Trout Ball History

The article below is dated Dec.13, 1990. Among other things it describes how Greg met Gearman (David Behr) who is the producer and distributor of TROUTBALL the music CD..

Bozeman Daily Chronicle article by Parker Heinlein, Photo By Linda BestNewspaper Headline Small.GIF (109913 bytes)

Article Text - Local Yokel Greg Keeler is shooting for national yokeldom on New Year's Eve. The Montana State University English professor, humorist, and musician will appear on ESPN Monday, December 31 bedecked with live salmon flies in an outdoor-oriented video. If the video is a hit, two others, also filmed last summer, will follow. If the video bombs Keeler has collected $800 for his trouble and, like he says,"That's 800 Bitch Creeks if I buy seconds."

    An ardent angler who fishes year round, Keeler was approached about the television spot by his neighbor, David Behr.

    "You don't think in Bozeman, Mont., that the guy across the alley would ask you if you want a show on national TV," Keeler says.

     However Behr, the "guy across the alley,"   happens to be a local promoter who had hired Keeler as the opening act for a John Prine concert a couple of years ago. Behr and veteran New York television sports producer Larry Lindberg, a native of Froid, conceived the idea of the Keeler videos.

     They just asked Keeler to be himself. With salmon flies crawling all over him, Keeler sings a sentimental ballad about his old pal Pteronarchis Californica (The scientific name for the salmon fly), "who crawls up onto the bank grass and hardly has time to dry his wings before he falls into the water and a Madison brown trout sucks him down."

     The video, which will air between 6 p.m. and 7 p.m. Dec 31, also allows Keeler to pass on a subtle message.

     "People are insignificant in the face of nature," he says. "They (the videos) have an environmental bent to them, but it doesn't hit you over the head."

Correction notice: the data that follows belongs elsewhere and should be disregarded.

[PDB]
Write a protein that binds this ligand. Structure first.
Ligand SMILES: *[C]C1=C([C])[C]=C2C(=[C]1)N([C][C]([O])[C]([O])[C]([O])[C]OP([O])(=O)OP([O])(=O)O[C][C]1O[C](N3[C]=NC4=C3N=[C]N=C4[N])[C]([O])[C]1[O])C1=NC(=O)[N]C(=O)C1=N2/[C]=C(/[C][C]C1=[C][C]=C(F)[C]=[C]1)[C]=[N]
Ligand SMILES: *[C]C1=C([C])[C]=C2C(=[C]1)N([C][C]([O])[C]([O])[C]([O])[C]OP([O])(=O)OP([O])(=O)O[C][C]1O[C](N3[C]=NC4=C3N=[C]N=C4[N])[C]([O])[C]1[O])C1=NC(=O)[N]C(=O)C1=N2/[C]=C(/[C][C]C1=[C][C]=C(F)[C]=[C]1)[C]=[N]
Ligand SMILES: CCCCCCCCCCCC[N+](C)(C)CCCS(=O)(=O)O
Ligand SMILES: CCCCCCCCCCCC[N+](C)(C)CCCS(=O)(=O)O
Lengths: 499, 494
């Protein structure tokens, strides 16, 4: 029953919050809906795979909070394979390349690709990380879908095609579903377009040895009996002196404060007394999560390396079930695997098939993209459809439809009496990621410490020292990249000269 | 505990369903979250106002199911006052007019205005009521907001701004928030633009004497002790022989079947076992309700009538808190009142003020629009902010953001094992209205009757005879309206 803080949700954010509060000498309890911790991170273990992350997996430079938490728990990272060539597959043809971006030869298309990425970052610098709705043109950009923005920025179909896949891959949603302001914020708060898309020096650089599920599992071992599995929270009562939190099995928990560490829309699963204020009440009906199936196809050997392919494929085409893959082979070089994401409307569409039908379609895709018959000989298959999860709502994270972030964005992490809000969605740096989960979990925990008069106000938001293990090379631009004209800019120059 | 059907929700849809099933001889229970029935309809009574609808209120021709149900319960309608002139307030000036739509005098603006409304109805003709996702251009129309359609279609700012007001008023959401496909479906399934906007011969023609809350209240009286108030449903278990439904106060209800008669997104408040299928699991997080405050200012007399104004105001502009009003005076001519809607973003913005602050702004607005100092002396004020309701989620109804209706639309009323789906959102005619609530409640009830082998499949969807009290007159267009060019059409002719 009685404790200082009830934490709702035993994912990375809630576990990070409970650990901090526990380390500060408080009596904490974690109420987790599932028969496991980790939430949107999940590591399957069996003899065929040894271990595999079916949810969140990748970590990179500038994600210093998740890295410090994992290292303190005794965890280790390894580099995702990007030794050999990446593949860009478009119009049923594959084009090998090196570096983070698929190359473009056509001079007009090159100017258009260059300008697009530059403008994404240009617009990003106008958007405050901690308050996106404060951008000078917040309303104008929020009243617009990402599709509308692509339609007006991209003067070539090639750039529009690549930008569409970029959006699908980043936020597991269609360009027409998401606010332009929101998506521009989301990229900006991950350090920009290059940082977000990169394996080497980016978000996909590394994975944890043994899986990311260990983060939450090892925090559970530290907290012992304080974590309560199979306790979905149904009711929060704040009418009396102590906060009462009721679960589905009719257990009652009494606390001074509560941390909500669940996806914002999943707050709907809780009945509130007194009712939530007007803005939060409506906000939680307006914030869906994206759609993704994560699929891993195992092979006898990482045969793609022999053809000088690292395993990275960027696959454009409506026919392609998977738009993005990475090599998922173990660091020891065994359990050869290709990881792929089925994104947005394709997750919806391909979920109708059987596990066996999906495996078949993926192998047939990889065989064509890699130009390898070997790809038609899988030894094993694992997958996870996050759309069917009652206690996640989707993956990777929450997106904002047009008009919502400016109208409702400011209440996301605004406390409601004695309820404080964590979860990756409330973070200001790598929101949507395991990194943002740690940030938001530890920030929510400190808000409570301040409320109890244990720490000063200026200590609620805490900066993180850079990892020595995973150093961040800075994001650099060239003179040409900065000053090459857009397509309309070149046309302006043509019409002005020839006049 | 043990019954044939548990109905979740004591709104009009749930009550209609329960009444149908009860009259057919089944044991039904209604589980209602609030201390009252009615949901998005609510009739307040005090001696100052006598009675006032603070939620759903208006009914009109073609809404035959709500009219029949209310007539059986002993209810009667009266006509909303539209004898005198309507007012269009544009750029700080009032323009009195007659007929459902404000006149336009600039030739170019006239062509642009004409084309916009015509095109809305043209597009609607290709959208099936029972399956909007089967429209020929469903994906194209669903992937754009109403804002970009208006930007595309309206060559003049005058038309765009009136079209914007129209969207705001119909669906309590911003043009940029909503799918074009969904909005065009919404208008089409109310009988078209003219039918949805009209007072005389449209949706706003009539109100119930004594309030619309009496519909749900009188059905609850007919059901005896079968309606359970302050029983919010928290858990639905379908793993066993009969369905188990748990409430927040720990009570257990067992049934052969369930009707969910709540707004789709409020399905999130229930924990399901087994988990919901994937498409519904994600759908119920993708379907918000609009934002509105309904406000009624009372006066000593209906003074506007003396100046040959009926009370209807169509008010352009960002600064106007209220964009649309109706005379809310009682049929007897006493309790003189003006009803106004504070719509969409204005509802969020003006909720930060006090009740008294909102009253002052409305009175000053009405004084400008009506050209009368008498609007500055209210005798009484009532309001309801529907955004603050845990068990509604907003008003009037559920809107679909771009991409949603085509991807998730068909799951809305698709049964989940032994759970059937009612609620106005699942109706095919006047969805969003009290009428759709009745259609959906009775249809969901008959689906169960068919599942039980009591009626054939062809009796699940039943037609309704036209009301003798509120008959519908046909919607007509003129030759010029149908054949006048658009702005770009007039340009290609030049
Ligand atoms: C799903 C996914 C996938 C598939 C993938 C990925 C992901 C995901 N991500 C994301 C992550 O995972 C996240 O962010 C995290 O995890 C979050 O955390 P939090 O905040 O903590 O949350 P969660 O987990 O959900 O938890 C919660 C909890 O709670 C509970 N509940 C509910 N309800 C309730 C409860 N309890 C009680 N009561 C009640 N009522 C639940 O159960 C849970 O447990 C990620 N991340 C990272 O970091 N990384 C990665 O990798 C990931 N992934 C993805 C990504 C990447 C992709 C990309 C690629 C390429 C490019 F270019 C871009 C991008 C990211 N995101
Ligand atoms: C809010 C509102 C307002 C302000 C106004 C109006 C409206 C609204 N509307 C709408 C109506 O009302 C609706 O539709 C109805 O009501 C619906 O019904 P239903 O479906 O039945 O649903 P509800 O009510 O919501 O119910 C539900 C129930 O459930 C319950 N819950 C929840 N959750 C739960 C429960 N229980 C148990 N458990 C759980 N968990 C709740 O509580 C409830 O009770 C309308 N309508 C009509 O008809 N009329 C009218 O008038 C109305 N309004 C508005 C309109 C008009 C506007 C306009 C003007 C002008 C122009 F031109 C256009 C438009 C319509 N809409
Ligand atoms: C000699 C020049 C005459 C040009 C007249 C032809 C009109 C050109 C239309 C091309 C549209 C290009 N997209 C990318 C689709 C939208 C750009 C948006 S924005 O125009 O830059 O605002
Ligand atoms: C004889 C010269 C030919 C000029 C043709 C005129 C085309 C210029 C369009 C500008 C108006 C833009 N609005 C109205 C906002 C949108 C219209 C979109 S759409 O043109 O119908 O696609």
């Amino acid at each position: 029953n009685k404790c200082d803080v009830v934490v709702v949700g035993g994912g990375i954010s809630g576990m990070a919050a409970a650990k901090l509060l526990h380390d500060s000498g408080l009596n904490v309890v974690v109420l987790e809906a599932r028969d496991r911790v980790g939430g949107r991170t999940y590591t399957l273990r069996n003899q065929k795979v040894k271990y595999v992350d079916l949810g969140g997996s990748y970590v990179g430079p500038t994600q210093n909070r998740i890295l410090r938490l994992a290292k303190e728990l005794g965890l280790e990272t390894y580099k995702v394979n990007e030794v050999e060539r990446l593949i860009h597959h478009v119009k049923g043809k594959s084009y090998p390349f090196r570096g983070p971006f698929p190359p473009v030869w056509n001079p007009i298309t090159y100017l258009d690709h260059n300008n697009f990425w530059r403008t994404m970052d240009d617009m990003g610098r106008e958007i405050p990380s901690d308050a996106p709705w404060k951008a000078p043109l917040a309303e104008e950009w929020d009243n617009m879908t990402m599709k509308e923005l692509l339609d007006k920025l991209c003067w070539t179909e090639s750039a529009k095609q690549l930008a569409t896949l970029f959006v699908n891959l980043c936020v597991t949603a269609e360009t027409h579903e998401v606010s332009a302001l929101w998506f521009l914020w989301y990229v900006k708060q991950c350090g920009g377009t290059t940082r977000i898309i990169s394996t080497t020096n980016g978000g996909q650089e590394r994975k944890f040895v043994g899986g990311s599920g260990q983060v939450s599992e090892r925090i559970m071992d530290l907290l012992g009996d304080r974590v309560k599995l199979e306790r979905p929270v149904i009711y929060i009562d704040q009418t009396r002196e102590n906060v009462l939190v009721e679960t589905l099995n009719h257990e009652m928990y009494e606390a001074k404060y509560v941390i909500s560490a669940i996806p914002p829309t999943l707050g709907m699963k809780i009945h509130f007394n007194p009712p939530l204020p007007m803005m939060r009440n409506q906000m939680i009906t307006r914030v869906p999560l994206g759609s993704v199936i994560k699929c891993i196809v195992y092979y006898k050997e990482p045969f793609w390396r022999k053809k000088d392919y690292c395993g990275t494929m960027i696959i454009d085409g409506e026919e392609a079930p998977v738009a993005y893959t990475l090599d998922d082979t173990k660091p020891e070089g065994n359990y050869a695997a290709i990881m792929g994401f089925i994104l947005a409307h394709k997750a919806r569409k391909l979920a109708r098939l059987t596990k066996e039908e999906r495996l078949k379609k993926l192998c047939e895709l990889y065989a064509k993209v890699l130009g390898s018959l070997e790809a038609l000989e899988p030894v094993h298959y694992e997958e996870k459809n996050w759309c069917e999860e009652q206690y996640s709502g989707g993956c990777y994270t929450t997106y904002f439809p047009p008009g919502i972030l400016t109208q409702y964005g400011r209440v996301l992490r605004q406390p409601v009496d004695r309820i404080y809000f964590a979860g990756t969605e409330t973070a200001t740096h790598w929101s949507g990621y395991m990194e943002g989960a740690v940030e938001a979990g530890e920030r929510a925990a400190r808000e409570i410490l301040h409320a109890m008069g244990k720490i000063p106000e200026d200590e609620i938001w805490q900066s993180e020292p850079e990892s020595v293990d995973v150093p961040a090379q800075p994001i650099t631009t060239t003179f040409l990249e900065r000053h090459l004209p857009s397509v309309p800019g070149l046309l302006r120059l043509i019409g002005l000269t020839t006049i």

The 44-year-old English professor prefers a more off-the-wall approach. That's probably why Lindberg decided to use the most conventional of the three videos for the premier.

     National television audiences may not be quite ready for Keeler's catch-and-release sucker fishing video. Introduced as "our man in the Rockies," Keeler kisses a sucker on the lips in the video and puts a party hat on one before he lets it go.

     "We not only know how to release our suckers, but we give them a little party when they leave," Keeler says in the video.

     hardly an elitist angler, Keeler is not adverse to catching fish by any legal means - fly, bait, or through the ice. Fishing, after all, is one of his most popular themes. It's what ties his first three books together.

     "The best fisherman are those who enjoy it the most,"  Keeler says. " The kid fishing with worms on the river may be having the most fun."

     Although fishing is not the focus of his latest book, the humor is as bizarre as ever. Keeler describes "New, Improved Coyote" as a beautifully illustrated handmade book full of goofy poems. It includes "Four Hamsters of the Apocalypse."

    Keeler plans on spending New Year's Eve with friends at his mothers home in Oklahoma.

    "I'll be casual and say 'Let's check this outdoor show out," he says.

    No big deal. It's just another local yokel going big time.

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